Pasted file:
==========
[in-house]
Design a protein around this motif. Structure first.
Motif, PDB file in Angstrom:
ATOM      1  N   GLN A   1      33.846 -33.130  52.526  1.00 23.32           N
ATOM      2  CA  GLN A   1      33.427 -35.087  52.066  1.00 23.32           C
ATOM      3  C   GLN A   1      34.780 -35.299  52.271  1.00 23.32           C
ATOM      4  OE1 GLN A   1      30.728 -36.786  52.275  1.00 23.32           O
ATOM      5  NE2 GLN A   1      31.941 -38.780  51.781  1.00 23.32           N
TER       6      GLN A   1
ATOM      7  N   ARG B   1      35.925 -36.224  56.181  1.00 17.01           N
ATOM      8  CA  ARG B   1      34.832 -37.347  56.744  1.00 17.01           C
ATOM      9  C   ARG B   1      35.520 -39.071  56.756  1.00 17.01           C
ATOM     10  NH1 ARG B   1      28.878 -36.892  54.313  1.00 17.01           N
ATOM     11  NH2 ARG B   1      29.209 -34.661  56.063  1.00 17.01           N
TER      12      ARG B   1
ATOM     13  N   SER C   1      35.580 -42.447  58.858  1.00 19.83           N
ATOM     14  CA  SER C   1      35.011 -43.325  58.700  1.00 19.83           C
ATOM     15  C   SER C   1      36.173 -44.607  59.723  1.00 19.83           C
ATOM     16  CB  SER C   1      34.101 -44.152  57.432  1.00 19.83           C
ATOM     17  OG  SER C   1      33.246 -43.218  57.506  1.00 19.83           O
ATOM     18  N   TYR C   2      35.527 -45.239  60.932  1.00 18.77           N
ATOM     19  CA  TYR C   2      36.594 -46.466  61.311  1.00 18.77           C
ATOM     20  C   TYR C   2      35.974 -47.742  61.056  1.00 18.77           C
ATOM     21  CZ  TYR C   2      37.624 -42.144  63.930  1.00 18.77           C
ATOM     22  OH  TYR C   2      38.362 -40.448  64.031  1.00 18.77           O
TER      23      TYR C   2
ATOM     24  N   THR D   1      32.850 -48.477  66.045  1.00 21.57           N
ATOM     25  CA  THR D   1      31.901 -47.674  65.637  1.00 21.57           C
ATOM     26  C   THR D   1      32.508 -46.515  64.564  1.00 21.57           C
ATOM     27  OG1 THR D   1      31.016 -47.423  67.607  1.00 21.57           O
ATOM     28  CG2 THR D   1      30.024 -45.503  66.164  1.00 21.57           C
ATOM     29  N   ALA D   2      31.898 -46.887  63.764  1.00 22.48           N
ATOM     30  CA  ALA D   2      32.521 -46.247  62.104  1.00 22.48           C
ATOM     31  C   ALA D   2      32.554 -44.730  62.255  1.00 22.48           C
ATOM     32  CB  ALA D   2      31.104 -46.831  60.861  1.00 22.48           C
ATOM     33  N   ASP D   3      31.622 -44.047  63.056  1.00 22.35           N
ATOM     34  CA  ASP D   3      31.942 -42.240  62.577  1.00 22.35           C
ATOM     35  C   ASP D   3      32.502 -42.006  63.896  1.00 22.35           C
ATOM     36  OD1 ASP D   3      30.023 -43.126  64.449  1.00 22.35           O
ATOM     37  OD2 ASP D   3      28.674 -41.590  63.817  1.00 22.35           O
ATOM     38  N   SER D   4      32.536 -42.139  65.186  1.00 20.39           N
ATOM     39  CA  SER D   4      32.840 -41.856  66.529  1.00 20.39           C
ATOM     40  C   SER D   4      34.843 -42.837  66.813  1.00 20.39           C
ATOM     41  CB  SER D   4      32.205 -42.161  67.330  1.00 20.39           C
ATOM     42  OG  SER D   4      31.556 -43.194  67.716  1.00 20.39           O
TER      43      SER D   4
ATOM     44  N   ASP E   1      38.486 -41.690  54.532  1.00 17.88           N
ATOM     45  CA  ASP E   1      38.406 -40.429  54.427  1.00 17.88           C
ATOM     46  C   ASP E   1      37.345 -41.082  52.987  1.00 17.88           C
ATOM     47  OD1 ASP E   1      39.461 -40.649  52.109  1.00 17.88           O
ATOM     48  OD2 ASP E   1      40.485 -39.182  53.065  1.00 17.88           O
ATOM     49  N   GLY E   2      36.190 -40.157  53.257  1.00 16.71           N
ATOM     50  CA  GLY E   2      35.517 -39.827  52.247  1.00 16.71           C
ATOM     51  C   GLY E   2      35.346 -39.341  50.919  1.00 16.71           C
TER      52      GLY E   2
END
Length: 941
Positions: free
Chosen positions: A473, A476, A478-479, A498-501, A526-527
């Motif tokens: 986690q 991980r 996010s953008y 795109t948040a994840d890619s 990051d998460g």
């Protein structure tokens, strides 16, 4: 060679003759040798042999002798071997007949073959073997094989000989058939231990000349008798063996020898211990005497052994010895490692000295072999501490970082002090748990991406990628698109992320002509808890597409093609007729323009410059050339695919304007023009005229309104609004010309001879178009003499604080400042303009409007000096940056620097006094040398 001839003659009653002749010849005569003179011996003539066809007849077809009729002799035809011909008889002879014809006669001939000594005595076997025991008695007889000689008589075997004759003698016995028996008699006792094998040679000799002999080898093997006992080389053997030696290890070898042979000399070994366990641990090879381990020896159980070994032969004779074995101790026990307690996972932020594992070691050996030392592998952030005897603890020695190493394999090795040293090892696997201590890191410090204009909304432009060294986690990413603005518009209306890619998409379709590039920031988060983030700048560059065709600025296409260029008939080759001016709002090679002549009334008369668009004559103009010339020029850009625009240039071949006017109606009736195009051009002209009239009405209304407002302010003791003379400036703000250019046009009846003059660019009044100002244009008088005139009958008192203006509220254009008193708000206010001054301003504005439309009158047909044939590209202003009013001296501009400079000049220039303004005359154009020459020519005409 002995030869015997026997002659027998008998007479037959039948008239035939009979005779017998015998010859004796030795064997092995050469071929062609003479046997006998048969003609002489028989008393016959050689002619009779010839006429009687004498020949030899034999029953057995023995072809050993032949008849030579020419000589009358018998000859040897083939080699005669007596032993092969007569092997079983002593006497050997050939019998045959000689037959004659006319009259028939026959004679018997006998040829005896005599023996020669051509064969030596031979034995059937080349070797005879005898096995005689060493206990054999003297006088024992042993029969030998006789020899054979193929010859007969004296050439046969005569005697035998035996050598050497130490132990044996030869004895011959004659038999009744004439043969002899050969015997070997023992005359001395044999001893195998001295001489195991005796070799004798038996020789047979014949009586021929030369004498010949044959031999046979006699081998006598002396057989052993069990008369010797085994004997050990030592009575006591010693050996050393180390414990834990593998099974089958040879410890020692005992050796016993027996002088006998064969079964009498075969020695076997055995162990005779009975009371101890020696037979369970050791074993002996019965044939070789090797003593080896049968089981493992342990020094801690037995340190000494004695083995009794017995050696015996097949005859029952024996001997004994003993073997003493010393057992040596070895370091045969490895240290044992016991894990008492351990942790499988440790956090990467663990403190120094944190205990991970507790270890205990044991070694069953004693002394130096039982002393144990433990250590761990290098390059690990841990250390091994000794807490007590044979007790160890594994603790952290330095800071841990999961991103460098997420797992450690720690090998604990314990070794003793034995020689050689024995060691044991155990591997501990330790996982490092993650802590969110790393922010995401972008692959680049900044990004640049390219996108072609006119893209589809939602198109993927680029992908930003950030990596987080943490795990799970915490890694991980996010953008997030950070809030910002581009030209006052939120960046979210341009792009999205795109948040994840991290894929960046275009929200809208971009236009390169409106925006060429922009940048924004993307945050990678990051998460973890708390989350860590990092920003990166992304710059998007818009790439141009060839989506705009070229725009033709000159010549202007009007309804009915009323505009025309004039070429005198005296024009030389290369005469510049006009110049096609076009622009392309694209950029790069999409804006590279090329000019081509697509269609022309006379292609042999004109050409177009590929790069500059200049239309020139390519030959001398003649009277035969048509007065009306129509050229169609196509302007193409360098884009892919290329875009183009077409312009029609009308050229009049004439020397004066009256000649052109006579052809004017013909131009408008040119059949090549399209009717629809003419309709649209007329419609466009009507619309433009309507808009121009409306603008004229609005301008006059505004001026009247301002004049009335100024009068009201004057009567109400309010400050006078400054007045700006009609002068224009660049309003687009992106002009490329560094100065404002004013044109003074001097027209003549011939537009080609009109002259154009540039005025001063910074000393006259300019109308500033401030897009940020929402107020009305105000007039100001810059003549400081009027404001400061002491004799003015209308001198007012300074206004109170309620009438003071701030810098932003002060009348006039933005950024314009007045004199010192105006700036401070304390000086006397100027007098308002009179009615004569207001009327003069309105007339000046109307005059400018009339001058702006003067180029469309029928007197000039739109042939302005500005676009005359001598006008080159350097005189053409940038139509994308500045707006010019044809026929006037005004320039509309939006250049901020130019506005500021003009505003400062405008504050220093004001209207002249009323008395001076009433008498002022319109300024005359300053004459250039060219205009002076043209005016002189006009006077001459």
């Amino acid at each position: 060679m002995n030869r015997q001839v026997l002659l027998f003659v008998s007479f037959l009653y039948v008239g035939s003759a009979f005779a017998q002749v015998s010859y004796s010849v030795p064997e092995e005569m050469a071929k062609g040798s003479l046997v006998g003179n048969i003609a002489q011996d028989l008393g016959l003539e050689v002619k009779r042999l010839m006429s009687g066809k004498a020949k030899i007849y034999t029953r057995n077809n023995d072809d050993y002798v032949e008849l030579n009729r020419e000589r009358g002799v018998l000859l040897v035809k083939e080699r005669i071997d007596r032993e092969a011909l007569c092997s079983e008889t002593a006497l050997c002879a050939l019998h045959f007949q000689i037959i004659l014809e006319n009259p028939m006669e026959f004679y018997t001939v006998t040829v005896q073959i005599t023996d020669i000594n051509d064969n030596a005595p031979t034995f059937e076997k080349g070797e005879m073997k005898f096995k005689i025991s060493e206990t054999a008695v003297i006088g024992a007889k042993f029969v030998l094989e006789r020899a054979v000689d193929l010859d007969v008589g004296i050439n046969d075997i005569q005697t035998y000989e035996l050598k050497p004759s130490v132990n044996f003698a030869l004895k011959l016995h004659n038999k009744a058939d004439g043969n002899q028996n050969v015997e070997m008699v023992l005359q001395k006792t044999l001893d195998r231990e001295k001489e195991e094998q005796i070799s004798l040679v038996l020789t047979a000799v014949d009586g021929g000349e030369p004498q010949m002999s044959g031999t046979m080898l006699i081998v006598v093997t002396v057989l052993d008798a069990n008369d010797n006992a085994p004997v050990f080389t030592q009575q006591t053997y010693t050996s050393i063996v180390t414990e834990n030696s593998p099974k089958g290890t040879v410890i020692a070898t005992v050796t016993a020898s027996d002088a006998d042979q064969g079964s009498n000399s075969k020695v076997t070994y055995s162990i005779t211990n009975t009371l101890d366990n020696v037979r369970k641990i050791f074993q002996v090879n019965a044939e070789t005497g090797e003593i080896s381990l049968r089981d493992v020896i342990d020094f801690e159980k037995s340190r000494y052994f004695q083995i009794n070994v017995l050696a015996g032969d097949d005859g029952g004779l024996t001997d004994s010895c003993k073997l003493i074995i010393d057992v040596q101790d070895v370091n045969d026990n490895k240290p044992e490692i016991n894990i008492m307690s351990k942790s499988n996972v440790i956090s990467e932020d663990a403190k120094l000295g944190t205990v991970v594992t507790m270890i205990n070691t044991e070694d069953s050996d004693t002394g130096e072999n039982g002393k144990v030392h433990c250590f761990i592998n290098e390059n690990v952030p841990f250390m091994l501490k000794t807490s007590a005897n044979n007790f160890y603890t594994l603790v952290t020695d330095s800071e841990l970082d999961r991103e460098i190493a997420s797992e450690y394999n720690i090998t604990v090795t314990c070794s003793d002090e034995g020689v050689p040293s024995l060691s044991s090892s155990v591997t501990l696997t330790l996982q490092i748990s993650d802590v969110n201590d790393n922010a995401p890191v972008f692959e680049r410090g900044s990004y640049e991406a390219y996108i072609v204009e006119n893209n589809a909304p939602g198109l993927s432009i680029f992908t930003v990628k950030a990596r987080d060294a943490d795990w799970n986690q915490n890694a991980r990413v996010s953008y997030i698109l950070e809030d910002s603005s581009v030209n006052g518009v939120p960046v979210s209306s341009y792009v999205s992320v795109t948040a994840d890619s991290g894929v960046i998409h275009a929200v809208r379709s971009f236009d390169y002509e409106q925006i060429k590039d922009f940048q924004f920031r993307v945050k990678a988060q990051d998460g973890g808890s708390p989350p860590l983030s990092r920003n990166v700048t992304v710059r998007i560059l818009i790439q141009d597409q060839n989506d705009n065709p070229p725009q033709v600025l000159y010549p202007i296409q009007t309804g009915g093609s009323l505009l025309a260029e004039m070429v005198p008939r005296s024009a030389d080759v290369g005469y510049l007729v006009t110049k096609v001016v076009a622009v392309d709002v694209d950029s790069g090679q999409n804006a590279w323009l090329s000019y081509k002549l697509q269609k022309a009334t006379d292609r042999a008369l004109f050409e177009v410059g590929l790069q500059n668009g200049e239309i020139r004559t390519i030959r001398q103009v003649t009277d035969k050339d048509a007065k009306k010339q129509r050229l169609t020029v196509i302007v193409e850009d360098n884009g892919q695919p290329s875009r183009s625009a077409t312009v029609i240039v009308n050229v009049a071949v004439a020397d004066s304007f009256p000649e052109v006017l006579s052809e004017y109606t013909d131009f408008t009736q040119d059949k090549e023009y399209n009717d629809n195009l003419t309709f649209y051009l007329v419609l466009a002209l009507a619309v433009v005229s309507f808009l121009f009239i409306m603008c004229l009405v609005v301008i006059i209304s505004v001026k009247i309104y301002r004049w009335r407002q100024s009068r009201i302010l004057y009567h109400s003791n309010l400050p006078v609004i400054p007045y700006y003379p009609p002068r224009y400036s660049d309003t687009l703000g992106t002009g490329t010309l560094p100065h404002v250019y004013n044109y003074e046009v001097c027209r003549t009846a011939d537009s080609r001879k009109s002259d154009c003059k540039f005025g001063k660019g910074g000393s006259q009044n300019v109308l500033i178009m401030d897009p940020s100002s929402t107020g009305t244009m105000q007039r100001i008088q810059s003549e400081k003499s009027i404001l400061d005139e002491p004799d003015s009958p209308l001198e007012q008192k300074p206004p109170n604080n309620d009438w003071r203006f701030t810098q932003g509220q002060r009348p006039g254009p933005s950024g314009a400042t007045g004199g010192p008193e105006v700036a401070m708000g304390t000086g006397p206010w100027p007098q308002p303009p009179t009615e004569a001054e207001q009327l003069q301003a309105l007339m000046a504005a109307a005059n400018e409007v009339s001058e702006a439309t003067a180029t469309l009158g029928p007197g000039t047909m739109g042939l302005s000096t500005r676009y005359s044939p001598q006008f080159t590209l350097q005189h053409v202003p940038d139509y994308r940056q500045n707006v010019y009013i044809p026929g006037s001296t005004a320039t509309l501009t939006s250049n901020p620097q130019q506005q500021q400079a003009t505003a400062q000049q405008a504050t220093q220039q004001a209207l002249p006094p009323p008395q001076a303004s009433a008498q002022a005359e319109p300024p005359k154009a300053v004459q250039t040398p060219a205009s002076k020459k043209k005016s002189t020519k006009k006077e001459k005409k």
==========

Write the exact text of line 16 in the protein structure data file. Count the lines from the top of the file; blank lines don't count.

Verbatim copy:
ATOM     13  N   SER C   1      35.580 -42.447  58.858  1.00 19.83           N